Former CIA chief: Intelligence system vital to U.S.


Former Deputy CIA Director Michael Morell testifies before Congress in 2014 in Washington, DC. Morrell will be at CISAC and Stanford during Feb. 6-11 discussing national security and the importance of a strong relationship between the U.S. president and the intelligence community.
Photo credit: 
Win McNamee/Getty Images

It's rare to get a brain download from a former CIA chief, both in the classroom and at the lectern.

But that will occur at CISAC during Feb. 6-11, when Michael Morell will spend time with students, faculty and scholars discussing the changing global landscape for U.S. national security.

Morell, who worked at the CIA for 33 years, served as its deputy director and acting director twice, first in 2011 and then from 2012 to 2013. He was at President George W. Bush’s side when the U.S. was attacked on Sept. 11, 2001. And he was serving as the CIA’s deputy director when President Obama gave the order to kill Osama bin Laden in 2011.

Among Morell’s scheduled activities are a CISAC seminar, participation in a two-day simulation for a political science class, and a lecture. 

In his seminar talk, Morell described terrorism as the top threat facing the U.S. He also discussed the potential of conflict with a rising China, an aggressive Russia, and a nuclear North Korea. He defined the role of the CIA as putting "facts and factual analysis" on the table of the president so the best decisions can be made. Effective intelligence, he noted, strives to understand what is happening now, and what will happen in the future.

Class simulation

Amy Zegart, CISAC co-director who co-teaches POLISC 114S, said Morell will be doing a "CISAC world tour -- giving a public FSI Wesson lecture about all issues intelligence-related, meeting with faculty and fellows, guest lecturing in CISAC's signature course, 'International Security in a Changing World,' and leading a country team during our class's South China Sea crisis simulation with 125 undergraduate and graduate students."

For the class simulation, Morell will be joined by Under Secretary of State Nick Burn; they will play world leaders, and about 20 other faculty and postdoc fellows will work with student "country" teams. Zegart said some version of the simulation has been taught at Stanford for 20 years. One year students went "rogue" and hacked into emails in a covert attempt to derail a hypothetical deal between Russia and China.

This year's exercise for POLISC 114S involves a special emergency session of the United Nations Security Council following the collision of a U.S. Navy warship with a Chinese Navy ship. The scenario takes place in the context of esclating real-world tensions in the South China Sea in recent years. China has built artificial islands hosting military bases, and the region is home to the world's busiest commerical shipping corridors. The simulation and its pre-planned scenario changes are designed to be plausible and timely.

Learning from someone with Morell's experience is invalauble for the students, she said. "Having him involved in the class is a priceless opportunity for our students to gain real-world insight into how intelligence works in crises, and to work with one of the nation's most distinguished intelligence leaders."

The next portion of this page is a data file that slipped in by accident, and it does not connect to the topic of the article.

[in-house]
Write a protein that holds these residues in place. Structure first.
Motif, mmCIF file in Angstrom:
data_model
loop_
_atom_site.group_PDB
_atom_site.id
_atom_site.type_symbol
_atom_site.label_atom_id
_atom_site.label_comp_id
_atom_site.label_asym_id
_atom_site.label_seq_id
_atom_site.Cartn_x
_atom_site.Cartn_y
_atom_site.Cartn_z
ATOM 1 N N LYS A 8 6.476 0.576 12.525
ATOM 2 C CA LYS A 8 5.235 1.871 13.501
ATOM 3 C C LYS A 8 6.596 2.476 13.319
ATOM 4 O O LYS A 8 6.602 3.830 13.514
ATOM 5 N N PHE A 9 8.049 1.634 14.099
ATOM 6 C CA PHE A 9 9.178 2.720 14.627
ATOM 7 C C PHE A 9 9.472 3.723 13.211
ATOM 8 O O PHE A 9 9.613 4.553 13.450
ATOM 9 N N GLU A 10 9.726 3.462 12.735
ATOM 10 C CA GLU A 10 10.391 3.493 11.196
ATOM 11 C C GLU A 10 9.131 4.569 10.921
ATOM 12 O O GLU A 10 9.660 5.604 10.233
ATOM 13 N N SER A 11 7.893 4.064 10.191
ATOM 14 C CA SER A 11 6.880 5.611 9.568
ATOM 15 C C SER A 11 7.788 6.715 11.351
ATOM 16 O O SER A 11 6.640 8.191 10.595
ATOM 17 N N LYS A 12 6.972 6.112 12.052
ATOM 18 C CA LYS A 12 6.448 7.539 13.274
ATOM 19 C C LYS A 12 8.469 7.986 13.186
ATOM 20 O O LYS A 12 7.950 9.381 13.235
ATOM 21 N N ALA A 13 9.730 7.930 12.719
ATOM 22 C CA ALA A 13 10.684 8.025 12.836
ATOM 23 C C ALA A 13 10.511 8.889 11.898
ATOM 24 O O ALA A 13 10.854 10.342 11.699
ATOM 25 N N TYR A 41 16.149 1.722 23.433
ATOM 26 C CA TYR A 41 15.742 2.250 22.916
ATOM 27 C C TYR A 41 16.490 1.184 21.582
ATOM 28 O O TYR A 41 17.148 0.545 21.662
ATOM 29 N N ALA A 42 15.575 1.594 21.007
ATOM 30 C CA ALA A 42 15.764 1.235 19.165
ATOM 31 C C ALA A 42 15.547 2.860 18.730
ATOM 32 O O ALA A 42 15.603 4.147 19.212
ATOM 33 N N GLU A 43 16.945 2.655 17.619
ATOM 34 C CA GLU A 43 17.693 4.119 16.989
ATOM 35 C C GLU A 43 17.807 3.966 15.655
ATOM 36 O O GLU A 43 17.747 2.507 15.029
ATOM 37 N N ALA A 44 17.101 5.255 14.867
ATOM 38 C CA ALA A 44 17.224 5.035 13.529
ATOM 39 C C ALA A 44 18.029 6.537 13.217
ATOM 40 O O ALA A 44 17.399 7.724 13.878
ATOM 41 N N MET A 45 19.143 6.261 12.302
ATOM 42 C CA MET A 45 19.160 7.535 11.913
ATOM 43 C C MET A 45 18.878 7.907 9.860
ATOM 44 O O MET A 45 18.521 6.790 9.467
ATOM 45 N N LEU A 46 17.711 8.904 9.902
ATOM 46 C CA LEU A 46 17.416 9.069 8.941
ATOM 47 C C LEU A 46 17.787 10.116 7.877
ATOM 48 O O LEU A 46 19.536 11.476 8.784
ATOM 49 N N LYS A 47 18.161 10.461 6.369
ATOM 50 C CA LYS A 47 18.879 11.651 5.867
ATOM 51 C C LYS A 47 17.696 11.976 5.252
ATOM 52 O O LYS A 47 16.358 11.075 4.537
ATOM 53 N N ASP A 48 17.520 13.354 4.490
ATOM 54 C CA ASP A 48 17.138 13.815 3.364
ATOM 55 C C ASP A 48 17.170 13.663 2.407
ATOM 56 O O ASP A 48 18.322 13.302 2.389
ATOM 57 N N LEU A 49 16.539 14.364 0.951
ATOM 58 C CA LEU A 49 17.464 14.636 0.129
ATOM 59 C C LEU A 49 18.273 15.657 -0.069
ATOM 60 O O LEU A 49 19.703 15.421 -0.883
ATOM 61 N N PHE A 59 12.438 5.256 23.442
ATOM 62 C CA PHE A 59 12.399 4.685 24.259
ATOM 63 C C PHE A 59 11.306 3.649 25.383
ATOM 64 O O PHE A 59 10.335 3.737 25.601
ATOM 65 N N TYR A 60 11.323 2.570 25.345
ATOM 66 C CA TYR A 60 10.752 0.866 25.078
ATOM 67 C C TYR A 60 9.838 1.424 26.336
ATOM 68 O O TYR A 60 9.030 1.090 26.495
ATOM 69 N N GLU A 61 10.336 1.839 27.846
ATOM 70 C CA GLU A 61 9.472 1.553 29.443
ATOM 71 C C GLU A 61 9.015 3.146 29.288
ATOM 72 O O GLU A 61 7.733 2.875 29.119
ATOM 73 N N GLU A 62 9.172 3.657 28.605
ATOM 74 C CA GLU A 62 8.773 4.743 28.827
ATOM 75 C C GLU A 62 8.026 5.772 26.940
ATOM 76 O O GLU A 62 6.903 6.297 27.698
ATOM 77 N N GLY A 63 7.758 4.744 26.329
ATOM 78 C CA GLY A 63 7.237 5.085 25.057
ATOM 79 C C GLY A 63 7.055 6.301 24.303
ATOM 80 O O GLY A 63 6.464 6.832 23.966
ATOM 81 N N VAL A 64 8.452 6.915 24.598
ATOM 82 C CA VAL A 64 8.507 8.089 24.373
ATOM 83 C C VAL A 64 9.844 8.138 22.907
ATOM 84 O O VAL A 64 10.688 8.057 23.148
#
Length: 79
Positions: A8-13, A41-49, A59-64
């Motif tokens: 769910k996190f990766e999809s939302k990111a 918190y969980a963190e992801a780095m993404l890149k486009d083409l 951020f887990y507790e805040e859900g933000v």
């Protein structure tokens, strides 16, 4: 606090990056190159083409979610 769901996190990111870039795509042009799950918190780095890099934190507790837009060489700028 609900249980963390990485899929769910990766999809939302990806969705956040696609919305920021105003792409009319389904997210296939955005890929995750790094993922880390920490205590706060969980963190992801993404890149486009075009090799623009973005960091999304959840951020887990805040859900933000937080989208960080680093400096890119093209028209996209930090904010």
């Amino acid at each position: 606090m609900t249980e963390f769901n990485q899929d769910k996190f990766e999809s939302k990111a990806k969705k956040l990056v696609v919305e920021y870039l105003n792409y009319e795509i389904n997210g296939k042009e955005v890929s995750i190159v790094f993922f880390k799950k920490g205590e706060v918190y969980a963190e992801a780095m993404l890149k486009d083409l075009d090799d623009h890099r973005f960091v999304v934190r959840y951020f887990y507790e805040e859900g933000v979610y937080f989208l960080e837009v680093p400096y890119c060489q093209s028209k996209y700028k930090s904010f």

Terrorism, cybersecurity

In an email, Morell said he plans to talk about the key national security issues facing the new Trump administration, the importance of intelligence in dealing successfully with those issues, and the importance of a close relationship between a president and an intelligence community.

As for the most pressing risks now facing the U.S., Morell said it is “still the threat posed by international terrorists groups, but the threat posed by a variety of cyber actors is number two and growing.”

Morell described CISAC's research and teaching in national security and intelligence as “one of the best in the nation. It is an honor to spend some time there.”

After leaving the CIA in 2013, Morell authored a memoir entitled The Great War of Our Time while working in the private sector. In the book, he offers a candid assessment of CIA's counterterrorism successes and failures of the past 20 years and, noting that the threat of terrorism did not die with the death of Osama bin Laden. He has criticized the Senate Intelligence Committee's 2014 report on the CIA's use of enhanced interrogation techniques, and has spoken in favor of the CIA’s use of drones to kill terrorists.

Morell endorsed Hillary Clinton in the 2016 election, explaining his view in a New York Times op-ed. “My training as an intelligence officer taught me to call it as I see it,” he wrote in that piece.

On the issue of Russian hacking during the 2016 election, Morell noted in a Times' essay on Jan. 6 that President-elect Trump’s public rejection of the C.I.A. is a danger to the nation. "The key national security issues of the day — terrorism; proliferation; cyberespionage, crime and war; and the challenges to the global order posed by Russia, Iran and China — all require first-rate intelligence for a commander in chief to understand them, settle on a policy and carry it out."

Morell has a bachelor of arts from the University of Akron and a master of arts from Georgetown University, both in economics.

Zegart’s co-instructor in POLISC 114S is Stanford political scientist Stephen Krasner. The class surveys the most pressing global security problems facing the world today. Past guest lecturers include former Secretary of Defense William Perry, former U.S. Ambassador to Afghanistan Gen. Karl Eikenberry, and former Secretary of State Condoleezza Rice. Study topics include changing types of warfare, ethics and conduct of war, nuclear proliferation, insurgency and terrorism, Russia, and ISIS.

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